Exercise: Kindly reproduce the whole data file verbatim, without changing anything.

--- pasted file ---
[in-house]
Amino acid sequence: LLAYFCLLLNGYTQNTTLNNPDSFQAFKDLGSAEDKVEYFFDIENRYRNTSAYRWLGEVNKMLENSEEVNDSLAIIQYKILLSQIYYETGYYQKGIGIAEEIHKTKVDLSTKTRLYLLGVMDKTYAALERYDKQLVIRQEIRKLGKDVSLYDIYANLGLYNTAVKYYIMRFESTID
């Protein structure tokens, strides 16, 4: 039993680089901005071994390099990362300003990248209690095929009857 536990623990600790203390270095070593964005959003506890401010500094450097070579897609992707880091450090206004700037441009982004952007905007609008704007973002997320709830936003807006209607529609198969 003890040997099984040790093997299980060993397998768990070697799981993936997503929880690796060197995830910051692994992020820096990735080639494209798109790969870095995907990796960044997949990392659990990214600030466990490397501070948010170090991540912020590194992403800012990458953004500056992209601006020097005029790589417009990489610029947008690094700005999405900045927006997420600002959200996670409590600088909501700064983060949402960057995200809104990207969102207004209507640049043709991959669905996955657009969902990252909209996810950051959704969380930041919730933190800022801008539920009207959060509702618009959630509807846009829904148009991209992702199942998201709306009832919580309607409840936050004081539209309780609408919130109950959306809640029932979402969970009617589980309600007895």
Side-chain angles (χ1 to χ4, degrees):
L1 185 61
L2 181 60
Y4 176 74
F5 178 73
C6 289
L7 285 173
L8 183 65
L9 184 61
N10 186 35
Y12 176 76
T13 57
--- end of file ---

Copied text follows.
[in-house]
Amino acid sequence: LLAYFCLLLNGYTQNTTLNNPDSFQAFKDLGSAEDKVEYFFDIENRYRNTSAYRWLGEVNKMLENSEEVNDSLAIIQYKILLSQIYYETGYYQKGIGIAEEIHKTKVDLSTKTRLYLLGVMDKTYAALERYDKQLVIRQEIRKLGKDVSLYDIYANLGLYNTAVKYYIMRFESTID
């Protein structure tokens, strides 16, 4: 039993680089901005071994390099990362300003990248209690095929009857 536990623990600790203390270095070593964005959003506890401010500094450097070579897609992707880091450090206004700037441009982004952007905007609008704007973002997320709830936003807006209607529609198969 003890040997099984040790093997299980060993397998768990070697799981993936997503929880690796060197995830910051692994992020820096990735080639494209798109790969870095995907990796960044997949990392659990990214600030466990490397501070948010170090991540912020590194992403800012990458953004500056992209601006020097005029790589417009990489610029947008690094700005999405900045927006997420600002959200996670409590600088909501700064983060949402960057995200809104990207969102207004209507640049043709991959669905996955657009969902990252909209996810950051959704969380930041919730933190800022801008539920009207959060509702618009959630509807846009829904148009991209992702199942998201709306009832919580309607409840936050004081539209309780609408919130109950959306809640029932979402969970009617589980309600007895």
Side-chain angles (χ1 to χ4, degrees):
L1 185 61
L2 181 60
Y4 176 74
F5 178 73
C6 289
L7 285 173
L8 183 65
L9 184 61
N10 186 35
Y12 176 76
T13 57